This morning there is much discussion about the latest advertisement created by Telecom New Zealand. The video (see below) is apparently an office scene after Friday night drinks with staff lip-syncing to a popular song. So far so good – cutting edge, viral-esque and different.

Things get a bit more complex though. Turns out that the video was inspired from the Connected Venture video of a similar ilk.

It also turns out that the Telecom video was made in a fake office, with professional actors by high profile add agency Snitchi and Bitchi.

The twitterati, bloggerati and digerati have been quick to lash Telecom, saying it shows no imagination or vision and at first blush I agreed. But then I thought about it… Telecom New Zealand sells to (guessing here) four million or so New Zealanders. Of those Four millions I reckon about ten thousand understand what is wrong with the video and will watch it and be turned off. The remainder will be left thinking that it’s a hip message and Telecom is at the forefront of technology. If that is the case – who are we to judge? Telecom has no option but to “talk to” the highest proportion of its own customer base as possible – I know some of the marketing people within the organisation and I’m sure that they’ve thought about this stuff and considered the pros and cons of the ad.

That said, it does strike me as strange that Telecom didn’t just grab some pizzas and a few beers and a video camera and go and visit an office somewhere to create their own, authentic add. I guess it’s all about an appetite for risk within a publicly traded company.


Disclosure – Diversity Limited is a consultant to Telecom New Zealand and its subsidiaries.

Ben Kepes

Ben Kepes is a technology evangelist, an investor, a commentator and a business adviser. Ben covers the convergence of technology, mobile, ubiquity and agility, all enabled by the Cloud. His areas of interest extend to enterprise software, software integration, financial/accounting software, platforms and infrastructure as well as articulating technology simply for everyday users.

  • Err Lip Dubs.. All the range in Silicon Valley….. Last week!!!!

    Revision3 also did one


  • When I saw it I instantly thought of Connected Ventures (Vimeo, CollegeHumor, Busted Tees, and Defunker.) who have done many lip dubs.

    While I thought “ugh lame” I guess it doesn’t matter that they are copying other people (how often does that happen in adverts!?) what matters to me is that they pass it off as a normal office when in fact it is all fake.

    Connected Ventures starting the trend but many others have copied –

  • bobjohnsoin |

    there have been plenty of lip dub videos – I’ve found a few that were done several months before the CV video. for example:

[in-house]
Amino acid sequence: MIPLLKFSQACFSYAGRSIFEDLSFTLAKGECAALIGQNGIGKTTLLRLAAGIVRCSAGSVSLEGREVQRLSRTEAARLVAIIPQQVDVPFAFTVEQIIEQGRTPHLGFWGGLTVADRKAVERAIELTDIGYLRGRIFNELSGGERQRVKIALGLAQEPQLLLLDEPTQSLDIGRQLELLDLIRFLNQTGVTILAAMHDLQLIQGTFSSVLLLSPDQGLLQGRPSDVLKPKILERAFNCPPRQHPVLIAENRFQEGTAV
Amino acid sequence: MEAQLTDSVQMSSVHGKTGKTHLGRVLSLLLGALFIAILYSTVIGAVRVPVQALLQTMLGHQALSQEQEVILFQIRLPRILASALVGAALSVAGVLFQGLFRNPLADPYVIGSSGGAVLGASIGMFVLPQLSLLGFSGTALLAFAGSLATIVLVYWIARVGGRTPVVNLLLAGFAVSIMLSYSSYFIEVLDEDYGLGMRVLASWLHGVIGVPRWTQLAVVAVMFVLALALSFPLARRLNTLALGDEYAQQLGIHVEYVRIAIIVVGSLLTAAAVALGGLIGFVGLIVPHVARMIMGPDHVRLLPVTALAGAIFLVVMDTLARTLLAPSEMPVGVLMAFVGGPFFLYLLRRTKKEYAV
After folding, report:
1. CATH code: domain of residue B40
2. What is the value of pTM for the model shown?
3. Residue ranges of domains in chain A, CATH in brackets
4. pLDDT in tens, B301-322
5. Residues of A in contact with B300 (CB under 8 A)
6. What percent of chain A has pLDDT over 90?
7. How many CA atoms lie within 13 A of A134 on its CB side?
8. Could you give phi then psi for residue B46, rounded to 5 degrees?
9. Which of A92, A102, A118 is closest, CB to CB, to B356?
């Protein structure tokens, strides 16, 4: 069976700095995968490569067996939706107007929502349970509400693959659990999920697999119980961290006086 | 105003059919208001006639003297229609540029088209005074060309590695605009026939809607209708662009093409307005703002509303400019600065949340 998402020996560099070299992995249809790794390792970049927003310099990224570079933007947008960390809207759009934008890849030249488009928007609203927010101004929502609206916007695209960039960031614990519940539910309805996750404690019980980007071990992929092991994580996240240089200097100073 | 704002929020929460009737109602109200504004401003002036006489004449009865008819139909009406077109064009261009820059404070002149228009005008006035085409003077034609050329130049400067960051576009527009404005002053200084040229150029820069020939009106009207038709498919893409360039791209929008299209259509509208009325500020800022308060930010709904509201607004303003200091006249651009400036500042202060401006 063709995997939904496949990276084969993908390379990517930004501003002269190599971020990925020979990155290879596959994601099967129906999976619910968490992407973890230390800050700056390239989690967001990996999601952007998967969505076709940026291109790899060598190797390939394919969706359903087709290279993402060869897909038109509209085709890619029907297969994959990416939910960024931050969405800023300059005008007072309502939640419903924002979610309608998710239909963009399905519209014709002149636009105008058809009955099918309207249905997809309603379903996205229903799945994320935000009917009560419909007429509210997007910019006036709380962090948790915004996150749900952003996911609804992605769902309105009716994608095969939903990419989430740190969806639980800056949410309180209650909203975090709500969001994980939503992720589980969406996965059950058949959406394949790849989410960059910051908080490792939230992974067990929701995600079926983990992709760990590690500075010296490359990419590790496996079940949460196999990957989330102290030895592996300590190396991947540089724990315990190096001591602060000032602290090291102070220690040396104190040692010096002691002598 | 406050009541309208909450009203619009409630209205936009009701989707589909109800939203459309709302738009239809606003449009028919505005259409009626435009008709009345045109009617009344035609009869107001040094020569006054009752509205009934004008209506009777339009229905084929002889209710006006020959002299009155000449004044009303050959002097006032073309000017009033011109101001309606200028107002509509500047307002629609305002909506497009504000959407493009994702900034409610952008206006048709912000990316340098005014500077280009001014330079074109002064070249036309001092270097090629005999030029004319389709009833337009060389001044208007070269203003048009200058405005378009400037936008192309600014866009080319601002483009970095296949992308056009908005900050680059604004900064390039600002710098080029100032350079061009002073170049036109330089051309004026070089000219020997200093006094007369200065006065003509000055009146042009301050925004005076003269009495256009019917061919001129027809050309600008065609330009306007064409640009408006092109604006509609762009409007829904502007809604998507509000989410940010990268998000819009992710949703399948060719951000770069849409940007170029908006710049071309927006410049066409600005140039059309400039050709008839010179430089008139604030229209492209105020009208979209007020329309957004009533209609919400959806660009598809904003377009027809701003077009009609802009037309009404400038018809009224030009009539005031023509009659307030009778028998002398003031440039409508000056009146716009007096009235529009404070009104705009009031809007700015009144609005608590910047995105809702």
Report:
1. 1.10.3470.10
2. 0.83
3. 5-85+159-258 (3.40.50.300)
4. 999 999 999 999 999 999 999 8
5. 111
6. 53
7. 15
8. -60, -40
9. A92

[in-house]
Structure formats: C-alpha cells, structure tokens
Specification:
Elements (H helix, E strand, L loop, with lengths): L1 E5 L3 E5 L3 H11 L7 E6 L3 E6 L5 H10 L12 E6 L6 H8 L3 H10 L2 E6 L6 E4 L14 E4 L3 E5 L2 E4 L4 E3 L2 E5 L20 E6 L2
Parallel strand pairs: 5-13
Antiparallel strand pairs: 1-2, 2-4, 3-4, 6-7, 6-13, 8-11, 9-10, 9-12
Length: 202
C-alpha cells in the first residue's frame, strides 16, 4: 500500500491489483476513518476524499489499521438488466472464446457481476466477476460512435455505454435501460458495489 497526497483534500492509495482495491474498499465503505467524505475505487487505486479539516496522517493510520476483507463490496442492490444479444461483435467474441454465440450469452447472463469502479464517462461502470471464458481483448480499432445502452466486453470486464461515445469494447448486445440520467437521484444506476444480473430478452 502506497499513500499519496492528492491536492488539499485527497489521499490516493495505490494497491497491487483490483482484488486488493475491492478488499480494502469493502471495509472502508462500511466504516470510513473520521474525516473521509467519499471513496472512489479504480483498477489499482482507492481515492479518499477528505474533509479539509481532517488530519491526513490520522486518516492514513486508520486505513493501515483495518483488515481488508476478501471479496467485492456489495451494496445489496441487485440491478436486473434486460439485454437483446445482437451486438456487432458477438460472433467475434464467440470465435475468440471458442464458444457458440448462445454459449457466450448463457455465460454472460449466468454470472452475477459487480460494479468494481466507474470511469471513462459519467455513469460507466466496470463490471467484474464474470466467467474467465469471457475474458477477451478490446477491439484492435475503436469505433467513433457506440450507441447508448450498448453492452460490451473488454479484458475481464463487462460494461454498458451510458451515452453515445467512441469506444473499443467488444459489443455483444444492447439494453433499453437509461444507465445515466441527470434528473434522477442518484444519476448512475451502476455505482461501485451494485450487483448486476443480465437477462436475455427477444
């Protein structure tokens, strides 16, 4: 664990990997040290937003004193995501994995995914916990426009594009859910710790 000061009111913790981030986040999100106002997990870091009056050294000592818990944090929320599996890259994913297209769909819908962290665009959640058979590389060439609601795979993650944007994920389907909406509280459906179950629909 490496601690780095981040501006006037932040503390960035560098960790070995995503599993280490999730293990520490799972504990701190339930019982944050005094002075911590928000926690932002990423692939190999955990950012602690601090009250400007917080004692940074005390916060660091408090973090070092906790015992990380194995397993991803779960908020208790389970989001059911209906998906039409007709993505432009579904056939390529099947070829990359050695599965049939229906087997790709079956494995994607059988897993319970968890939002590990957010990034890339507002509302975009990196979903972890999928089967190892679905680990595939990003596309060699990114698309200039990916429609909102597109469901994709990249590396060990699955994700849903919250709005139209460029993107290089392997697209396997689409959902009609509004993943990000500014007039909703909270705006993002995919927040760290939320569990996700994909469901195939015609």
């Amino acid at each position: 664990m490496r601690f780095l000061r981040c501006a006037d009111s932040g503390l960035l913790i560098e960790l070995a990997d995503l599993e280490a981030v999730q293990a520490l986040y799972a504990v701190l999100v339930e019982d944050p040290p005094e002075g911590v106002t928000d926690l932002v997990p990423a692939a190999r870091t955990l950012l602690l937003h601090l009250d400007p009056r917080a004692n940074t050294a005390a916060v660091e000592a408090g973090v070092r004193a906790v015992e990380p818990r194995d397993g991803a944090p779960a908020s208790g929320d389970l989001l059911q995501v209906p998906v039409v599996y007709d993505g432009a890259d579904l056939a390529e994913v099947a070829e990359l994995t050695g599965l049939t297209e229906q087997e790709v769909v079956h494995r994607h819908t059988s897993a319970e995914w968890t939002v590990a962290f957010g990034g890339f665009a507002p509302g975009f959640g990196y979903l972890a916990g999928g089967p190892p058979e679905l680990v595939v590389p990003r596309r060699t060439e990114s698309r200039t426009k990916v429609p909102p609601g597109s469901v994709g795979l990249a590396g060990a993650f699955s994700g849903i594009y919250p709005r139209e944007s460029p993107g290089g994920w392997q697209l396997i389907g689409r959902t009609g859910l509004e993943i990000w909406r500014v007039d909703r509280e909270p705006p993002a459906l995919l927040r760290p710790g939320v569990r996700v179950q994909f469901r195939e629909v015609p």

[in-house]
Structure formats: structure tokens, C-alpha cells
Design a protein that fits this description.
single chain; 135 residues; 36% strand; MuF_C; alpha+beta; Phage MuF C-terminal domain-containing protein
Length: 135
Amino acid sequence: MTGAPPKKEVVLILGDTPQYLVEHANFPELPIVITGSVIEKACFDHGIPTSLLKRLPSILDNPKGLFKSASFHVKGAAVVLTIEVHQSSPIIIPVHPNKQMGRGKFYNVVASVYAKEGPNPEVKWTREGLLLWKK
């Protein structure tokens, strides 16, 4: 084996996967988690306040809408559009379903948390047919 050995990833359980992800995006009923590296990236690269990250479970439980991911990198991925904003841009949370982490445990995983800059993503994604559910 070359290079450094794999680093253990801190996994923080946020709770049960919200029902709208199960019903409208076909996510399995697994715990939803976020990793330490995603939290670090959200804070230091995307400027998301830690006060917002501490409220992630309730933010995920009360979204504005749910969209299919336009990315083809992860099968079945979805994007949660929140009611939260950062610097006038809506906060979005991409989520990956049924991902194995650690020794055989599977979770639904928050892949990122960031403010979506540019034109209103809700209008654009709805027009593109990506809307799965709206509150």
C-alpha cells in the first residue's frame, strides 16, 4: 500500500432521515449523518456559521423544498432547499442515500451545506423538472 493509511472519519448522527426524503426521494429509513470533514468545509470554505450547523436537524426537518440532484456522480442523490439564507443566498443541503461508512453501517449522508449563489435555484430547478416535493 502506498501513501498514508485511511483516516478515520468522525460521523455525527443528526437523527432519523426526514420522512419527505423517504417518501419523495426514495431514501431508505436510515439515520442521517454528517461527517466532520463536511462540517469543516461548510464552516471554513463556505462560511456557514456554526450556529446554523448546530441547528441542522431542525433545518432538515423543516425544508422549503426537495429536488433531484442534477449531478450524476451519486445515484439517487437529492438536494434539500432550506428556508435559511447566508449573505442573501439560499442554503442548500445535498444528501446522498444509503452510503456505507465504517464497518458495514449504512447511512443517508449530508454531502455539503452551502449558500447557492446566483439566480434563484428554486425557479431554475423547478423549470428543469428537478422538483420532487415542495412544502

Does it really matter?
    Not at all – advertisers make ads that they think people will think are cool (particlularly for tehcnology). Vids of people lip synching are very popular online. It was only a matter of time before someone made an ad like this.

    It’s not rocket surgery.

  • I’ve left something similar on Spare Room after reading the comments there… I really don’t see the big deal. I like the add; I think it’s fun, and the song is great (go kiwi music). I don’t think it’s misleading. I’ve worked in plenty of fun, vibrant offices that while they may not put on a musical do love to drink, play music and race around the office on a Friday night come pay week!

    I don’t care that it’s not real – very little advertising on TV shows real people enjoying a company’s products or services.

    Even Westpac/ANZ and other banks showing ‘real’ people or celebrities are still scripted – some more than others (and did anyone think they might actually be getting paid to be themselves). Telecom’s ‘Connecting New Zealander’s’ TV campaign featuring real people sitting on a couch was good example and gave the people staring some genuine surprises. But what about Telstra Clear’s dragging countries closer – I don’t expect my internet or phone connection to literally do that, or that by going with Vodafone will I be able to walk into a store and buy a pack of boobs off the shelf. Personally I think this is just a case New Zealander’s getting grumpy and over-reacting again (and yes I’m a Kiwi). Surely there are bigger problems to deal with? Why not contribute something worthwhile towards those instead?

    In closing I couldn’t care less about the add being fake. It does illustrate what can be done and the fun that can be had with their products, which my guess is would have been their point. Get over it!

  • Pix ANkersmit |

    Your all spelling ad wrong, it’s not “add”.

  • @Pix – your should be spelt “you’re”


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